Monday, October 3, 2011

(Sorta) back in the saddle quick hits

National

Think Occupy Wall St. could become a campaign liability for Progressives?
 
 The problem they're going to have here is that 70% of Americans are way right of this type of expression. Not that Wall St. doesn't have it's problems, but the answer to them is not to blow up the entire capitalist system and replace it with some Marxist Utopia that won't be...a utopia at all. The main problem the left in America has right now is that there's no such thing as moderation to them. Taking it too far is not far enough to their ardent supporters (bloggers).
 
Speaking of pushing it too far: The GOP isn't with these two bills but they also have a proclivity to get out of hand.
 
Getting rid of the EPA would be good move (you could have better regulation and policy without them), but it's not in-line with what the majority of the electorate is willing to go along with. There's a fine-line between being pro-economy and anti-consumer. IMO the government should always have heavier regulation over things people NEED (food, water, electricity, gas etc.) and only health and safety regulation over things people WANT. That's a pretty striking difference from what a few on the far right are proposing.
 
On a serious note: Nothing to see here, move along.
 
To suggest that regulators and those that they regulate not have any human feelings is absurd. There's nothing here that suggests the State department is being swayed by these friendships, only that both sides are acting human. The Socialist/Environmentalist movement wouldn't be happy unless the regulators called the TransCanada employees a bunch of capitalist pigs.
 
It makes you wonder what Obama's internal polling numbers are showing if they're going to these lengths to shut out the public on his jobs plan addresses

I'd be willing to bet the polling results aren't good, despite an administration and media coordinated press to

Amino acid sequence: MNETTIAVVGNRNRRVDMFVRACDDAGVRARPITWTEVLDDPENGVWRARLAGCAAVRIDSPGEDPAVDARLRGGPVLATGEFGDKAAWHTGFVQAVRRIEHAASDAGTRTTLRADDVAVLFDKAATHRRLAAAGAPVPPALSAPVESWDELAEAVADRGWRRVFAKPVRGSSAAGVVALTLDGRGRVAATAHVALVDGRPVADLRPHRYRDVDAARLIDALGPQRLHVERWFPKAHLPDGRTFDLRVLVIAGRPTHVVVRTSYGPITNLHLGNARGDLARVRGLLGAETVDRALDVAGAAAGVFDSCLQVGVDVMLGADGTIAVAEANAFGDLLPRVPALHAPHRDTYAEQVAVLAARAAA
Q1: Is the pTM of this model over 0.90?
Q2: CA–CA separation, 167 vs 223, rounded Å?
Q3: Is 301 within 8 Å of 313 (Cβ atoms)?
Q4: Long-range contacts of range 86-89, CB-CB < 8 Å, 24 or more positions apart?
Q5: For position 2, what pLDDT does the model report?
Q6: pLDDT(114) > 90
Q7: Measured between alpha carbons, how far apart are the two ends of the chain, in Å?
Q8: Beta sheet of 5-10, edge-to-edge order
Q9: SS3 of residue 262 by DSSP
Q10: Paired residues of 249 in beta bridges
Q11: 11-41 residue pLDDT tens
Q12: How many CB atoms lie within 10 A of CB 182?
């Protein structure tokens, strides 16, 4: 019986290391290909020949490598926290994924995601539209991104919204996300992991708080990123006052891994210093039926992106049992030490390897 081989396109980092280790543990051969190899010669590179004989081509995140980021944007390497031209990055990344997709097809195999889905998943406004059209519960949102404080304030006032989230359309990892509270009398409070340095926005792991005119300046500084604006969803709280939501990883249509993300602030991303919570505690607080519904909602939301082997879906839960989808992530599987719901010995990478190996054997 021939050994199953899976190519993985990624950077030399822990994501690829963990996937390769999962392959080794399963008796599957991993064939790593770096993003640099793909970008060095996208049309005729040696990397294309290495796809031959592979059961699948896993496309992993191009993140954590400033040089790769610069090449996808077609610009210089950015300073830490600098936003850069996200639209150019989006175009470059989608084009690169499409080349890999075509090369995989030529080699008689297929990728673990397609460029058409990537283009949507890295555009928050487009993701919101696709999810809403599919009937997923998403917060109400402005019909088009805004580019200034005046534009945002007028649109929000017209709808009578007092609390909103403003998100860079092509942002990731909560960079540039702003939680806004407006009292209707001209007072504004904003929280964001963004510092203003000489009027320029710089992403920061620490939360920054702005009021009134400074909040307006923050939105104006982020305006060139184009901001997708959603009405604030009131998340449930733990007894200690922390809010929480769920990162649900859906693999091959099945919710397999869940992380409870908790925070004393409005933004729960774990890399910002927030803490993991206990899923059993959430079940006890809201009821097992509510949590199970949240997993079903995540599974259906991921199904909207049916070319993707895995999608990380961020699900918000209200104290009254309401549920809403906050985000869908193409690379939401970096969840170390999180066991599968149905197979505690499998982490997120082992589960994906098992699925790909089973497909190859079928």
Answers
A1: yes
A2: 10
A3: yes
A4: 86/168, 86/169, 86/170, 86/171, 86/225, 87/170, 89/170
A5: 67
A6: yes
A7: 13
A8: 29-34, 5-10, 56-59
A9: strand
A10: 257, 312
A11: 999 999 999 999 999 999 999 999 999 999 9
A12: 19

win support.

In a word: Heh.

You gotta think the Occupy Wall St. peeps (and the Prog bloggers that support them) would just as soon sell their first born for medical research than admit the Tea Party was on to something. Far better to misrepresent and call them vulgarities.


Local

A man called Cactus

The urbanists and transplants are going to have a seizure over this one. Surely County Commission called "Cactus Jack" isn't world class right?

In which the Houston Chronicle admits the media didn't do it's job.

Had reporters done what reporters typically do - dig for facts - they might have gradually uncovered a raft of details that put Jones' claims in a different light. They could have learned that the combined recollection of virtually every KBR employee who dealt with Jones that day described a different version of events. That company records seemed at odds with Jones' memory on many points. That medical evidence did not support her descriptions of her injuries or her claim of being drugged. That previous diagnoses by her own doctors in Houston said she suffered from a psychosomatic illness that included faking some symptoms.

There have been far too many stories of late where the media, after the fact, has admitted that "whoops, we kind of dropped the ball on that one, sorry, we'll do better NEXT time." The problem is that the "next time" comes and the media does what it has done for years, slant the news. The Houston Chronicle, under it's current leadership, is among the worst of the MSM outlets for slanted (towards the Houston establishment usually) reporting. You expect this type of behavior from The Texas Tribune, the Texas Observer or other newsish outlets, whose funding is typically from party activists and/or interest groups. Sadly, you have to expect it from the mainstream as well. Far better if all of them would just own up to their bias and let us all digest the news with full disclosure.

To be fair, the National news media is worse than the Houston Chronicle.

KBR was a tailor-made villain. Too bad it doesn't appear they've turned out to be. Damned facts.

No matter how many times you put lipstick on a pig it's still the same 'ol pig.

The Chron could have a hundred apps, and it's still not going to change the fact that their local news reporting is sub-par, quite often getting scooped on stories of local interest by National or out-of-town publications. The iPad was hailed as the saviour of newspapers, my prediction is that it won't move the needle AT ALL. What newspapers need to do is get back to some old fashioned watchdog reporting. For the pro-establishment Houston Chronicle, this would mean a 100% re-vamp of the product. I don't believe that Jeff Cohen is the visionary that is necessary to pull off a feat of this magnitude.

So much to talk about. I'll leave the Perry Presidential stuff for The Texas Iconoclast

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